BETHEL, MAINE May 9 1908
My dear Jane Addams
I have just read your statement in Charities and Commons under the heading "The Chicago Settlements and Social Unrest." At this range it seems to me to be a wise, temperate, rigorous and necessary afterword upon a very serious problem coming out of a difficult and critical situation. I can conceive that it was not at all easy nor pleasant for you to say anything reflecting in any way upon the Police Department in such a crisis, but it is brave to say the disagreeable word when it is necessary and when we know it is going to make things hard for ourselves afterward. [page 2]
I cannot be sure that had I been in Chicago I would not have been swept up by the turmoil and clamor of the administration Party; but after the event, and in the remote calm of then Maine [illegible], it seems to me that you have said what needed saying and have said it in a way that will convince the fair and unprejudiced on both sides; and I am glad to offer my little work of thanks to you for saying it.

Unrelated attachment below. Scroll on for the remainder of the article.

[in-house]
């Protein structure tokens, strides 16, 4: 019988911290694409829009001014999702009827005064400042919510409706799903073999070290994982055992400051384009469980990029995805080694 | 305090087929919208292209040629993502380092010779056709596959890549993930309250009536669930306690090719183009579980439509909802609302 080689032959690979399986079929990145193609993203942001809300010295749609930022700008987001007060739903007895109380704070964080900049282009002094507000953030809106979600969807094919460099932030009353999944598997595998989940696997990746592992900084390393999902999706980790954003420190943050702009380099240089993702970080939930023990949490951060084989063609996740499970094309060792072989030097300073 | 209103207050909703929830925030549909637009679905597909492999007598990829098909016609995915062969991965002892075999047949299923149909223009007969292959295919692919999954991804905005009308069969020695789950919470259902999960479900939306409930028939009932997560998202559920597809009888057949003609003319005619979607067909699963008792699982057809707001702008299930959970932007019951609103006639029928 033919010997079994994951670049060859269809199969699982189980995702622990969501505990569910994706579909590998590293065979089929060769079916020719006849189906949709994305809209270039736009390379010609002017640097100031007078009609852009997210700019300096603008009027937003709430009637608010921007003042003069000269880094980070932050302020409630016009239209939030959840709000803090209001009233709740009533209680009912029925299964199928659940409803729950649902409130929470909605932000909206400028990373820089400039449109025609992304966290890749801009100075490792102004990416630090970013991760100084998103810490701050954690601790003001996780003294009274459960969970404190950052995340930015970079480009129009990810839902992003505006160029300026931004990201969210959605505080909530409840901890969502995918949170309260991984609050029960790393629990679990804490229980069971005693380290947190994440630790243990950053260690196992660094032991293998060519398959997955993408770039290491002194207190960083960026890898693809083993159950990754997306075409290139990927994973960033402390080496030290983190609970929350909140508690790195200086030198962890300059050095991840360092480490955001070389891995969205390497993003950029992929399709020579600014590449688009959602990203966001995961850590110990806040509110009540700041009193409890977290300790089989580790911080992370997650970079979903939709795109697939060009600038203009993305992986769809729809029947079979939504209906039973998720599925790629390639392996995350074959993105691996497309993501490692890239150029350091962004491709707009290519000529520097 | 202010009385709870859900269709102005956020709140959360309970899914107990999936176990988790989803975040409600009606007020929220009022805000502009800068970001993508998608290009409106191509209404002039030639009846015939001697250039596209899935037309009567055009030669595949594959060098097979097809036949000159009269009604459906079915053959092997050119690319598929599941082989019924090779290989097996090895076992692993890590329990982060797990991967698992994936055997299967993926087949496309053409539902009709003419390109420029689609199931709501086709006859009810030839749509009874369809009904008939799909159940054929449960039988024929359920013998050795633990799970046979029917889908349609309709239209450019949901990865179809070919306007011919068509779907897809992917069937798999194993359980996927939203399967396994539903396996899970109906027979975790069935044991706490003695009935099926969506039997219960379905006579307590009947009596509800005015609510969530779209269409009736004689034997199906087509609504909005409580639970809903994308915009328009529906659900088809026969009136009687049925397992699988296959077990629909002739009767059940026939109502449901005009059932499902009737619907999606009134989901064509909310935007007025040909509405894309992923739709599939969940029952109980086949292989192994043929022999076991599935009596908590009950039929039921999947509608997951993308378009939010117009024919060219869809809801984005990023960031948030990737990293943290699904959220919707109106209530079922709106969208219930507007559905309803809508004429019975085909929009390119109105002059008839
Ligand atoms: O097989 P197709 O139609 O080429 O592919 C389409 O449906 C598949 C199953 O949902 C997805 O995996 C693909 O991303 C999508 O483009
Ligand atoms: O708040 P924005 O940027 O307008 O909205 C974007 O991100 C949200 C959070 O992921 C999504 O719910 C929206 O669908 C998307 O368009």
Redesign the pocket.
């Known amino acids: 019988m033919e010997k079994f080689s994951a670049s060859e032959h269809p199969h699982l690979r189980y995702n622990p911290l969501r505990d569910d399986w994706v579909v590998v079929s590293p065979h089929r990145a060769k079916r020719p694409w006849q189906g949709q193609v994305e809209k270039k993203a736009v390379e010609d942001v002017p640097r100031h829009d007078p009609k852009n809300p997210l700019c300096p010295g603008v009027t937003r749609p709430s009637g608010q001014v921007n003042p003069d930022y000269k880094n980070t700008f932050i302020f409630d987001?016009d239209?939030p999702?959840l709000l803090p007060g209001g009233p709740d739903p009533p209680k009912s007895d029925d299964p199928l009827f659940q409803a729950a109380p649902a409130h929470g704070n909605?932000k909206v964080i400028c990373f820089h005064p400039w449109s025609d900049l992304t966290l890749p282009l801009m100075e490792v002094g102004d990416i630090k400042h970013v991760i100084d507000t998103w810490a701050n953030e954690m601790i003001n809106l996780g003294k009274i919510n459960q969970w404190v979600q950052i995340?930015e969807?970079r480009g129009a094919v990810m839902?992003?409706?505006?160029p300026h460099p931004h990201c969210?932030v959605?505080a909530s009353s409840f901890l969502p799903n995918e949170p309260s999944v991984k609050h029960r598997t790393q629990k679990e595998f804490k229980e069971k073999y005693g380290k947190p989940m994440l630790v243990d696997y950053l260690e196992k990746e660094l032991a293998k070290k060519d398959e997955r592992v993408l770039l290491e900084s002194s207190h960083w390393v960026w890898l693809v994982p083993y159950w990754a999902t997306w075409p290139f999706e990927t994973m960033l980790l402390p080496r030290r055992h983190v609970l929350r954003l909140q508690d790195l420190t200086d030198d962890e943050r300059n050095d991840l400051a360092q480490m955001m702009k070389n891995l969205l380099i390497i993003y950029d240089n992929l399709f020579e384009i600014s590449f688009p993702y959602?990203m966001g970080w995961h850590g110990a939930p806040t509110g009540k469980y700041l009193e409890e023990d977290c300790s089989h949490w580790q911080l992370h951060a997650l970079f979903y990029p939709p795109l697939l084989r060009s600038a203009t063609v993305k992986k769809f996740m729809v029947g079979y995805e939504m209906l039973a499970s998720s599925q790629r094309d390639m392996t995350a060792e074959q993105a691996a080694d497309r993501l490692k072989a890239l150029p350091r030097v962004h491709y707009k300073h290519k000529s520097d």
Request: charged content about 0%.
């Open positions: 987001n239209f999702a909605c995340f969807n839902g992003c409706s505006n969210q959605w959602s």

Mrs. Greeley is here with me and joins me in this appreciation, which to a considerable extent she even inspired.
We are enjoying our Forest of Arden together immensely; learning all about important things like grass growing, and water running; and little dicky birds and eats pease beans and barley.
I have <found> a doctor in this little village who has discovered a cure for Cityitis, and who will make my system immune to the bacilli so that I can get back to the [page 3] hospital for the cure of Civilization and take up my work as one of the [interns] next fall.
Please present my affectionate regards to my playmates in your family at Hull House and say to them that the play microbe is under culture here in Maine and that we have organized a rudimentary "Play Fest" for the [eighth] grade of the public school this afternoon.